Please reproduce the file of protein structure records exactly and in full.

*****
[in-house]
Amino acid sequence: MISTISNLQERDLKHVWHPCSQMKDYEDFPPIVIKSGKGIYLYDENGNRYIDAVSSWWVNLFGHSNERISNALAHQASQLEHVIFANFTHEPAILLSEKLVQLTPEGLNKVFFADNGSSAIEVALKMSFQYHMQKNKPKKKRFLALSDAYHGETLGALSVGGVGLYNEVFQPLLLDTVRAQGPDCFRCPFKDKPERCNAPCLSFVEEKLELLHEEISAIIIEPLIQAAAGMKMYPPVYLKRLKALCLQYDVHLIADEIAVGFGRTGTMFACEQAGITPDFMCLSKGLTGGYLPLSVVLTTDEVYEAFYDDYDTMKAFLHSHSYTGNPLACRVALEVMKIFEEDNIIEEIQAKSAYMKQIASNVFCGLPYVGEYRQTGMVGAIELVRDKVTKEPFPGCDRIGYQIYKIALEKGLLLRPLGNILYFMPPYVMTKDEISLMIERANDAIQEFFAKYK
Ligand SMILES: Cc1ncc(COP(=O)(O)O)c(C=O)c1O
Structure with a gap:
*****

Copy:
[in-house]
Amino acid sequence: MISTISNLQERDLKHVWHPCSQMKDYEDFPPIVIKSGKGIYLYDENGNRYIDAVSSWWVNLFGHSNERISNALAHQASQLEHVIFANFTHEPAILLSEKLVQLTPEGLNKVFFADNGSSAIEVALKMSFQYHMQKNKPKKKRFLALSDAYHGETLGALSVGGVGLYNEVFQPLLLDTVRAQGPDCFRCPFKDKPERCNAPCLSFVEEKLELLHEEISAIIIEPLIQAAAGMKMYPPVYLKRLKALCLQYDVHLIADEIAVGFGRTGTMFACEQAGITPDFMCLSKGLTGGYLPLSVVLTTDEVYEAFYDDYDTMKAFLHSHSYTGNPLACRVALEVMKIFEEDNIIEEIQAKSAYMKQIASNVFCGLPYVGEYRQTGMVGAIELVRDKVTKEPFPGCDRIGYQIYKIALEKGLLLRPLGNILYFMPPYVMTKDEISLMIERANDAIQEFFAKYK
Ligand SMILES: Cc1ncc(COP(=O)(O)O)c(C=O)c1O
Structure with a gap: